Mark_Berkowitz,_MD: Generally, it will take three months for bones to heal, so things are going as expected. I would expect that at three months weight bearing will be allowed, and therapy will be initiated. However, the steroids do slow things down.
pilatesgirl: I had a foot fracture when I was 32 years old related to a jump and landing. In 1987, a lot less was known about bone density issues. My calcareous bone split in half and the talus got jammed between. My surgery was successful and I have good daily function despite fusion. In 1999 I discovered I had undiagnosed celiac disease causing bone density compromise. I believe this along with valgus (flat) feet created this "perfect storm" for this fracture to be so severe. When I was a child I once felt like my bones clanged together painfully when I jumped. I wonder if that was an early warning sign of some malfunctioning cartilage or positioning in that joint. All these years later I have wondered. Do you have any thoughts about this with the greater knowledge in your profession now?
Mark_Berkowitz,_MD: Honestly, I think your injury was an isolated traumatic event unrelated to the other issues. It sounds like a high energy injury which produces bad fractures regardless of bone quality. Poor bone quality is more likely to cause fractures from low energy events such as walking.
Nerve Pain and Post-herpetic Neuralgia
johnnnita: One night, while sitting at my computer, I started feeling a strange vibrating on the bottom of my right foot. This continued intermittently, but somewhat every minute or two until I went to bed. While this was happening, I searched the internet and discovered many people experience this. The next morning my foot was fine. I haven't felt anything like that since. What was that all about?
Mark_Berkowitz,_MD: It sounds like your foot fell asleep. If a nerve is compressed from sitting in an unusual position, it will cause tingling sensations like the one you had.
chambiges: I have post-herpetic neuralgia as a result of shingles that damaged the nerves in my right foot five years ago. I was 50 years old when I had shingles. I received a shingles vaccination one year after I that episode. I suffer constant burning and shooting pain in my right foot. Also, the toes on my right foot are paralyzed as a result of the shingles. They also have burning pain and hypersensitivity. I have tried the standard-of-care medicines, including Neurotin® (gabapentin), nortriptyline hydrochloride, and Lyrica® (pregabalin), but none of them helped ease my relentless pain. I am very discouraged. Is there any method of treatment for post-herpetic neuralgia that can successfully treat my pain? I would gladly join a clinical trial if there is some new promising treatment being offered somewhere.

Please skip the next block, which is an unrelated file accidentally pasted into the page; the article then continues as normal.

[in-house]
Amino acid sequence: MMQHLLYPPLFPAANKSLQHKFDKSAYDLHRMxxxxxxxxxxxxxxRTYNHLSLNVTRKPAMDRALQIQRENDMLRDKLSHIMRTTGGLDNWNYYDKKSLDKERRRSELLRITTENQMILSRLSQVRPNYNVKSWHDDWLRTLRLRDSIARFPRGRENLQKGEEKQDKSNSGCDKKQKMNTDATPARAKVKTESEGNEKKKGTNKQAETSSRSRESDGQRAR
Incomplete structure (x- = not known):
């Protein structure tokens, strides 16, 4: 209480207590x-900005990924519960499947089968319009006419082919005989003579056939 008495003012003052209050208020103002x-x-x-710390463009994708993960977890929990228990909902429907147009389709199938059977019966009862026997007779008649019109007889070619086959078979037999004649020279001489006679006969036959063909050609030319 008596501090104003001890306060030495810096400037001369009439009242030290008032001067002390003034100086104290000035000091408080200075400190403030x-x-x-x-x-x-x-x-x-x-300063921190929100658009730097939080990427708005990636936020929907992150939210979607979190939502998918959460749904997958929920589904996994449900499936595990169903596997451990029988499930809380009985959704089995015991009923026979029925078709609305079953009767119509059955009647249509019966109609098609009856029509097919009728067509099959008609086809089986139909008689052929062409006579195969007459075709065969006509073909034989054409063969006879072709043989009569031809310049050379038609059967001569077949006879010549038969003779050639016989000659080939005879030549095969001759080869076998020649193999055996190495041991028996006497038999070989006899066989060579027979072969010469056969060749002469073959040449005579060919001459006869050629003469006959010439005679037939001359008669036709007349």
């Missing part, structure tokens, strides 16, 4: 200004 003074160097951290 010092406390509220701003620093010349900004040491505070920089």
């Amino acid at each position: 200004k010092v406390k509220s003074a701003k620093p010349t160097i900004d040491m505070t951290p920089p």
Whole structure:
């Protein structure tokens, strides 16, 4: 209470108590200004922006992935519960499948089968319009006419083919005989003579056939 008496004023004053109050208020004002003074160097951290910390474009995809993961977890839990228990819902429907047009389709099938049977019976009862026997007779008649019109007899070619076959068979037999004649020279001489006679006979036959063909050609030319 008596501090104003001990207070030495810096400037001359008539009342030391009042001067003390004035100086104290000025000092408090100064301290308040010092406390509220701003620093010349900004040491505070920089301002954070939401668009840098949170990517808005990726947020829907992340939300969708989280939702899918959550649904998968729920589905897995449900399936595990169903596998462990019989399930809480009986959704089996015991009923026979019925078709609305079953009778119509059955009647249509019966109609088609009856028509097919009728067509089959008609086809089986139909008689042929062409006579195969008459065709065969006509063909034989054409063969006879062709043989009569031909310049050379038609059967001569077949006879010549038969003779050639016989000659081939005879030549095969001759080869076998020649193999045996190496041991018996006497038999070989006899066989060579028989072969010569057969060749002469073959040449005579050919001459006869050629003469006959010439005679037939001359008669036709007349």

Mark_Berkowitz,_MD: Unfortunately, there are no surgical treatments that I am aware of. I would recommend evaluation by a neurologist and/or pain management specialist to determine what the latest and greatest treatment options are.
xdwl: I have intermittent pain in my left big toe (in the joint of the big toe) that began three months ago with no clear cause. It happens suddenly every time. It is an intense pain—like a cutting pain. It usually lasts for a few seconds. Gentle massage can relieve the pain sometimes. The skin is normal. My uric acid level and X-ray are normal. My doctor does not think I have gout, but may have tarsal tunnel syndrome. I tried to avoid placing my foot in an over-pronated position. It reduced the pain frequency for the first a few weeks, but the pain is recurrent again now. I searched an internet patients' forum and discovered that many people suffer from the same problem. But nobody knows what the cause is and how to treat it. I would like to get your advice on what may be the problem? Is there any treatment that could help?
Mark_Berkowitz,_MD: This is an unclear situation. A meticulous physical exam and a review of your X-rays would be necessary to rule out structural causes such as arthritis. It does not sound like tarsal tunnel syndrome. Whatever the cause, it sounds subtle and will require a thorough hands-on evaluation.
Emergency Care of the Foot
Alucard: I had a piece of glass stuck in my foot, but I got it out. I took all the steps to treat it, but now something is happening with it. What should I do?
Mark_Berkowitz,_MD: You should have it reevaluated. It is common for small pieces to be retained. An MRI can often provide useful information about what else might be happening.
Orthotics and Foot Wear
pilatesgirl: Do you have any thoughts on full or partial foot lifts with short leg situations related to surgical changes? Do you find one works better than the other?